During this past winter the European Court of Human Rights had delivered four judgements in cases from the Chechen Republic. The interests of the applicants in the case Dubayev and Bersunkayeva v Russia were represented by the staff lawyers of Memorial HRC and the European Human rights Advocacy Centre (ЕHRAC, London); in the other cases the interests of the applicants were represented by staff lawyers of Stitching Russian Justice Initiative.

Dubayev and Bersnukayeva vs Russia (judgement delivered on 11.02.2010).

The applicants in the case were Rizvan Dubayev and Saudat Bersnukayeva. They had submitted the application on behalf of their sons, Islam Dubayev and Roman Bersnukayev, who went missing after the voluntary surrender to representatives of the Russian federal forces in March 2000.

Islam Dubayev had been a member of an illegal armed group operating under the flag of the Chechen Republic of Ichkeria which forces were waging a war against the Russian federal troops in the Urus-Martan district of Chechnya since the autumn of 1999. Roman Bersnukayev was also among the members of that group.

On March 14, 2000, they learnt from the locals that the RF State Duma had announced an amnesty for militants and surrendered to the federal troops at the village of Martan-Chu. Nothing has been known of them ever since. In April 2000 the family of Roman Bersunkayev received a visit from a man who confirmed that Roman had been handed over to the FSB officers after his surrender.

In the year 2000 FSB officers had provided the applicants with copies of the order on dismissal of criminal charges against their relatives and certificates of their voluntary laying down of arms. They also stated that Roman Bersnukayev and Islam Dubayev were released soon after their arrest.

The European Court of Human Rights found that the applicants’ relatives had been unlawfully and deliberately killed by Russian servicemen and that the state had failed to carry out an effective investigation into those cases. Violations of Articles 2, 5, 13 of the European Convention of Human Rights in respect of the applicants’ relatives had also been found, while in respect of the applicants themselves there had been a violation of Article 3 of the Convention. The Russian Government was ordered to pay EUR 60,000 to each of the applicants in respect of non-pecuniary damage and EUR 639 to the applicants’ representatives as a compensation for their services. www.memo.ru/hr/hotpoints/caucas1/msg/2010/02/m198075.htm)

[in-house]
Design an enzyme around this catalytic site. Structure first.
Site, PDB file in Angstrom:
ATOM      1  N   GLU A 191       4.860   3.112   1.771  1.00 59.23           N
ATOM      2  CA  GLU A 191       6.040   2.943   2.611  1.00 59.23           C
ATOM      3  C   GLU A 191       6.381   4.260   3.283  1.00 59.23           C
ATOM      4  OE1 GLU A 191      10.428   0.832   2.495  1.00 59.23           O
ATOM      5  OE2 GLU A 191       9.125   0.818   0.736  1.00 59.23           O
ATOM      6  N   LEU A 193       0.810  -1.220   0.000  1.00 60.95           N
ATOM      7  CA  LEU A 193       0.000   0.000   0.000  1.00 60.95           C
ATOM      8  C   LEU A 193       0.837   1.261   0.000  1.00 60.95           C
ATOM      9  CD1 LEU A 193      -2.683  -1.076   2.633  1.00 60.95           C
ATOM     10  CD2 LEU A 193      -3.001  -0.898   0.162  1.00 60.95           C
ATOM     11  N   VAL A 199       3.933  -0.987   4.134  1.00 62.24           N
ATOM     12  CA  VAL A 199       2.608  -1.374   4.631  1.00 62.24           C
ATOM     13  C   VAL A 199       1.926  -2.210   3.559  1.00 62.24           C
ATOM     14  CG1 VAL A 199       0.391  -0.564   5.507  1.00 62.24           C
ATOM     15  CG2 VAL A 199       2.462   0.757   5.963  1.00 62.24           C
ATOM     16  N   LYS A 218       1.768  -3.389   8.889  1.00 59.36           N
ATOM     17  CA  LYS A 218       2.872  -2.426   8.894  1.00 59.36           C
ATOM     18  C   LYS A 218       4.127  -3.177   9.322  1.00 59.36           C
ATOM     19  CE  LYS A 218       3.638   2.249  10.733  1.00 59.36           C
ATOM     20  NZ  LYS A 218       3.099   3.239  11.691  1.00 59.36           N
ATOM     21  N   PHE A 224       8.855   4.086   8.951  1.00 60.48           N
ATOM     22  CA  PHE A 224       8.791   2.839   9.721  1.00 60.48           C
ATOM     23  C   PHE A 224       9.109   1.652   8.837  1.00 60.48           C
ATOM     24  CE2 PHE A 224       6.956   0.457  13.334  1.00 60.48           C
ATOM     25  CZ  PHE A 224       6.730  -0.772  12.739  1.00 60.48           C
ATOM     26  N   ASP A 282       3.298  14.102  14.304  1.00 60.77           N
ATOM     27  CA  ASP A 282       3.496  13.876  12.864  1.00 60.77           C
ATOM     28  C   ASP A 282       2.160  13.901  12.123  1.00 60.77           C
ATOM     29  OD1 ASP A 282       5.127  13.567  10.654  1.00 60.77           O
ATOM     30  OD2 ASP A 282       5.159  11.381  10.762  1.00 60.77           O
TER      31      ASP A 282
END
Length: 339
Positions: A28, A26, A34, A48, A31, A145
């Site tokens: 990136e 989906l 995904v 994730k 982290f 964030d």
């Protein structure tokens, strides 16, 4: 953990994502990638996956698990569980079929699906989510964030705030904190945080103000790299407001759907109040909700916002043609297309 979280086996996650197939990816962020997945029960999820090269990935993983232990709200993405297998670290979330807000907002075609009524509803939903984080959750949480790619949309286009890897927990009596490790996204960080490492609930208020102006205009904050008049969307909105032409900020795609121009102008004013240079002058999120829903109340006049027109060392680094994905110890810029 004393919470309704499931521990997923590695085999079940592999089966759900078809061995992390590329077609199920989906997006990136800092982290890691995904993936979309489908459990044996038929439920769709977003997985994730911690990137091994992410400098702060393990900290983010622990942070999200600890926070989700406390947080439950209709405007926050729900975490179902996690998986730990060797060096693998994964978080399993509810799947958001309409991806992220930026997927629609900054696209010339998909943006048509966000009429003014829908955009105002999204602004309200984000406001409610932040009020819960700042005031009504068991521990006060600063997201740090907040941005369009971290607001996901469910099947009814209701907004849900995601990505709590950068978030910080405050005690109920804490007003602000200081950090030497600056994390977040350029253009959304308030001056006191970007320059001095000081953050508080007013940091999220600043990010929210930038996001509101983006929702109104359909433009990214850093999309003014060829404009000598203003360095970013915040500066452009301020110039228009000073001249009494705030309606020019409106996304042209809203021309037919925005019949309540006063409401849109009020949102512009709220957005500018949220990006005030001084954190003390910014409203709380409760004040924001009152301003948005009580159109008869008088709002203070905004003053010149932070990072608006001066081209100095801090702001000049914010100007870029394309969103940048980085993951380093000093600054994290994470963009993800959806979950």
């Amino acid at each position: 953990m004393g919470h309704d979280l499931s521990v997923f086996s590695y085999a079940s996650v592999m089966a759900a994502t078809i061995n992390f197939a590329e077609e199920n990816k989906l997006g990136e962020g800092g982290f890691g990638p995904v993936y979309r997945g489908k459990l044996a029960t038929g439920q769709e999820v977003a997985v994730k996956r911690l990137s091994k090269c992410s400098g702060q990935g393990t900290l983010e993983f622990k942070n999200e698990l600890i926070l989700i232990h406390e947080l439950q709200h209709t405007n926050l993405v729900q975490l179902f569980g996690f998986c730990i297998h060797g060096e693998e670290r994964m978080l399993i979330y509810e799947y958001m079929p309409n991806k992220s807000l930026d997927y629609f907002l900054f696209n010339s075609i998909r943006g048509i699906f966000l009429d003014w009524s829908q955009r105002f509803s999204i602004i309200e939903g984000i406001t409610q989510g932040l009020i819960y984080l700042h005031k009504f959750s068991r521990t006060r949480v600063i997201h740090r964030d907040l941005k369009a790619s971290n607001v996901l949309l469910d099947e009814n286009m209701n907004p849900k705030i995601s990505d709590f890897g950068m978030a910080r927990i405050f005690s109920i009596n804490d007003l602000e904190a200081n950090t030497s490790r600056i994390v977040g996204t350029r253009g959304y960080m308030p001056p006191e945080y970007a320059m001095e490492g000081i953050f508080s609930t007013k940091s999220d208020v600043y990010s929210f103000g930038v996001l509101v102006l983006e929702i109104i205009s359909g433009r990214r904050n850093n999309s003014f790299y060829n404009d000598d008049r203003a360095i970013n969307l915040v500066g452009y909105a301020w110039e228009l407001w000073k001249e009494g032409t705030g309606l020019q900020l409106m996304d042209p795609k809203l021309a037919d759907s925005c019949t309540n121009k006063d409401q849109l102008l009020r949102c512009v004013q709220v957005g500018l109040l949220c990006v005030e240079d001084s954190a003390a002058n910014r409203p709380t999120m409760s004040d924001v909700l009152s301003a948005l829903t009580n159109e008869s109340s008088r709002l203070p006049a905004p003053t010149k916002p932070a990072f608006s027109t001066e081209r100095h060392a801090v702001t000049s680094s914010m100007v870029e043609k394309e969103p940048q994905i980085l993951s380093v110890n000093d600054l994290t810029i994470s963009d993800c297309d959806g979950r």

Guluyeva and others vs Russia (judgement delivered on 11.02.2010).

Applicants: three residents of Grozny, Chechen Republic

On July 13, 2002, at about 2.00 am, a group of armed men drove up to the house of the Guluyev family in Grozny waking up the entire family. Two armed men from whom a strong smell of alcohol was emanating came in and seized Ramzan Guluyev. When other members of the family ran out into the yard, the servicemen began to beat him with their weapons. Shortly afterwards the servicemen left taking Ramzan away with them. Nothing has been known of the latter ever since. The criminal investigation proved to be utterly ineffective.

The European Court of Human Rights found violations of Articles 2, 3, 5, 13 of the Convention in connection with the death of the applicants’ relatives, the failure to carry out an effective investigation and the lack of an effective remedy.

The European Court awarded the applicants jointly EUR 65,000 in respect of non-pecuniary damage, EUR 10,800 to the first applicant in respect of pecuniary damage, as well as EUR 1,650 for legal costs and expenses.

Alieva vs Russia (judgement delivered on 18.02.2010).

The applicant is a resident of Grozny, Chechen Republic.

On October 29, 2002 at about 2.00 am around 30 armed men wearing masks forced the door in the flat of the Aliev family in Grozny. The armed men dragged Abu Aliev out of bed, forced him to lie down on the floor and started beating him. After that they left taking him away with them. A neighbour had seen them dragging Abu, who could only hop on one leg the other having been injured, to one of their cars and then taking him away with them. Nothing has been heard of Abu since then. The official inquiry into his disappearance had given no results.

The European Court of Human Rights had found violations of Articles 2, 3, 5, 13 of the Convention in connection with the death of the applicants’ relatives, the failure to carry out an effective investigation and the lack of an effective remedy The Court awarded EUR 60,000 in respect of non-pecuniary damage, EUR 1,650 for costs and expenses.



Iriskhanova and Iriskhanov vs Russia (judgement delivered on 18.02.2010).

The applicants are two residents of the village of Samashki, Chechen Republic.

On the evening of June 19, 2002 a large group of armed men broke into the house of the Iriskhanov family in the village of Samashki. Zurab and Gilani Iriskhanov attempted to flee and the armed men opened fire. Zurab was injured. The brothers were then tied up, beaten with the butts of machine-guns and, took them away in different cars. Zurab had been missing ever since. The investigation into his disappearance had failed to bring any tangible results. Gilani was released on June 27, 2002. He had been brutally beaten during his apprehension and was in need of medical aid after that.

The European Court of Human Rights had found violation of Articles 2, 3, 5, 13 of the Convention in connection with the death of the applicants’ relatives, the failure to carry out an effective investigation and the lack of an effective remedy The Court awarded both EUR 60,000 to both applicants jointly, and EUR 5,500 for costs and expenses.